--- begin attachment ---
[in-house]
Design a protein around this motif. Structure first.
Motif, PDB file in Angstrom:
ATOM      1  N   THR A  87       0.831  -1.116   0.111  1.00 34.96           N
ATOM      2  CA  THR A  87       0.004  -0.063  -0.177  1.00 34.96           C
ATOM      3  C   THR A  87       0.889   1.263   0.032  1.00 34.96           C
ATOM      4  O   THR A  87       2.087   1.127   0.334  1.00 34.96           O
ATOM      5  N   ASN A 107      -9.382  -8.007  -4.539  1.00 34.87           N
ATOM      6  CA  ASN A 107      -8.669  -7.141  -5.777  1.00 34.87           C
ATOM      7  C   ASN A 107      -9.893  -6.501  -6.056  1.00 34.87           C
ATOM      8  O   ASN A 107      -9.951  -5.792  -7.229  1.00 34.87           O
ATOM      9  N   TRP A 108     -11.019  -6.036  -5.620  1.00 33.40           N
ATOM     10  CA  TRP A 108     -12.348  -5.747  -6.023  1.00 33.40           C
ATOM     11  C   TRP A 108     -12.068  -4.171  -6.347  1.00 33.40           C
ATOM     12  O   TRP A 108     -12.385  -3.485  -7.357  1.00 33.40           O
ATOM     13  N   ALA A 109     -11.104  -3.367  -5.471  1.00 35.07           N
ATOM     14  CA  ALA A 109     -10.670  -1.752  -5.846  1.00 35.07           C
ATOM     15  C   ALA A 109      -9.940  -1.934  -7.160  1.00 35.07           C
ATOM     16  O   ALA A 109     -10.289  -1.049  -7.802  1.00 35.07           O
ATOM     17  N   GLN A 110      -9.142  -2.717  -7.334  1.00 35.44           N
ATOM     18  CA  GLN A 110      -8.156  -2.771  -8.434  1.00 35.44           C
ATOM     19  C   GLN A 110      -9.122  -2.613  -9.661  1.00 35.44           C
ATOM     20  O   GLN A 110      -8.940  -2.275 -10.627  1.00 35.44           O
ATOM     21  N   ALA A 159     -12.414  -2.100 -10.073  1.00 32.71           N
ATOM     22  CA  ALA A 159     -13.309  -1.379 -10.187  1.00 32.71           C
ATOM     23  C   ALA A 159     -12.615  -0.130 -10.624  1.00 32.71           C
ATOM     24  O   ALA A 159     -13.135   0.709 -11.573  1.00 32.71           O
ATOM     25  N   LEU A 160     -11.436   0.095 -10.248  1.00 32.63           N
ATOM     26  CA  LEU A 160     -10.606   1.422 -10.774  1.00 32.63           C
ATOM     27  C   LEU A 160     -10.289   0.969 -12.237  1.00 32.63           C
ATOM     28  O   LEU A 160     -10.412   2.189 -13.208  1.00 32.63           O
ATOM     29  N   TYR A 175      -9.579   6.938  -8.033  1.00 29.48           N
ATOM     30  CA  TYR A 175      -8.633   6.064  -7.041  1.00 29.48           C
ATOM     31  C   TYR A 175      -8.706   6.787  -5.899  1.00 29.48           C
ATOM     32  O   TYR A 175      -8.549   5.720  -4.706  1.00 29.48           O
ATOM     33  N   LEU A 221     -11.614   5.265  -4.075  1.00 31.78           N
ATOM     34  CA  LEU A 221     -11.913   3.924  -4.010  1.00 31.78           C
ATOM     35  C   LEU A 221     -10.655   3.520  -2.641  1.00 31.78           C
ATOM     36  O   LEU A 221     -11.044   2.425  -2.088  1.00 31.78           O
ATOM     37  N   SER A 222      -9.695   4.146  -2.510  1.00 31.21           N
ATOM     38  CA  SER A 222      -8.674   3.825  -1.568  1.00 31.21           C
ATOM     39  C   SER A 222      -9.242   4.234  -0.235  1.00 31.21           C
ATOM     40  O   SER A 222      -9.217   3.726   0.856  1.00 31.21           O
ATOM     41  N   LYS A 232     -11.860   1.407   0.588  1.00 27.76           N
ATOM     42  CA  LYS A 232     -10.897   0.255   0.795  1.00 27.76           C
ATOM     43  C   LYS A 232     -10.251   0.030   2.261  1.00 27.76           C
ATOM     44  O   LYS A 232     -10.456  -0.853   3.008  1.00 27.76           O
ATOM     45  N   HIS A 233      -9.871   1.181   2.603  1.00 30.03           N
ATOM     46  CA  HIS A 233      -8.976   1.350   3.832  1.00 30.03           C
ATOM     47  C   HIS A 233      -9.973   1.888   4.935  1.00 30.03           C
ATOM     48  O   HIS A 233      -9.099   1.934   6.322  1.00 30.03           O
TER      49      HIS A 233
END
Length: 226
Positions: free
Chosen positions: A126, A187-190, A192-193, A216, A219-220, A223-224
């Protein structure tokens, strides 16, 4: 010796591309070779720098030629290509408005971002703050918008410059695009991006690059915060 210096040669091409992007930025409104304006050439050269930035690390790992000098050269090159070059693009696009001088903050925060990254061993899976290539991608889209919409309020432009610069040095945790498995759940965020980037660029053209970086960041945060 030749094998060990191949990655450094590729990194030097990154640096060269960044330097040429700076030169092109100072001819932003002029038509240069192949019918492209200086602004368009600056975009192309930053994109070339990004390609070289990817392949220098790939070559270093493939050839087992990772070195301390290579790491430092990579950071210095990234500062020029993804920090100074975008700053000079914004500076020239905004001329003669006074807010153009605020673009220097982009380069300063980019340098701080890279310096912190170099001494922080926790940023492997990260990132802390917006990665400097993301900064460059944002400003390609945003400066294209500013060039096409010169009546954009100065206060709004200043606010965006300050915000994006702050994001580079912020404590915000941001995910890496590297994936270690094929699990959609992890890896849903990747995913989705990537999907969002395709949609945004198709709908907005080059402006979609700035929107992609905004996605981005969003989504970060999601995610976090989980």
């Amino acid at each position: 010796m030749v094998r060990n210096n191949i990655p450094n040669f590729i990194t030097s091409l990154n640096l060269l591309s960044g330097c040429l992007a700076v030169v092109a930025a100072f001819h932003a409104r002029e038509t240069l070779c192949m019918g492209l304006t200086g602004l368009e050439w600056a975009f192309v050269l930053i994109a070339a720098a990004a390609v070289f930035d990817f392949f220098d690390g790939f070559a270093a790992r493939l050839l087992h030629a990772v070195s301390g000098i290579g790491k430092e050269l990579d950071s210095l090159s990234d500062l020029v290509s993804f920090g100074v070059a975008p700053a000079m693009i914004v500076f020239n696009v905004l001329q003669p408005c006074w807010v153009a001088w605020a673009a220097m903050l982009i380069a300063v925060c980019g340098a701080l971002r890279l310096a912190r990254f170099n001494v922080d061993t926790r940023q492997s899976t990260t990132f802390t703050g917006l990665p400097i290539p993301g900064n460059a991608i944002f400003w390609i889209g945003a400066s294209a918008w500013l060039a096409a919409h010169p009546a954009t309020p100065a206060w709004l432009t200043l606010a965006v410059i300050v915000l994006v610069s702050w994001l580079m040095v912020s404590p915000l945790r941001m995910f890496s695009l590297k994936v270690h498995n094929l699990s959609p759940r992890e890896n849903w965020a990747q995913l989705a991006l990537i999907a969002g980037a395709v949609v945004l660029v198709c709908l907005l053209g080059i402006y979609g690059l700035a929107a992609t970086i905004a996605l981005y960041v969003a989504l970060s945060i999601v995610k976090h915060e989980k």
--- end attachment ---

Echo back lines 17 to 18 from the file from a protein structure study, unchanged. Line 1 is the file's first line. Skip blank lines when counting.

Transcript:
ATOM     14  CA  ALA A 109     -10.670  -1.752  -5.846  1.00 35.07           C
ATOM     15  C   ALA A 109      -9.940  -1.934  -7.160  1.00 35.07           C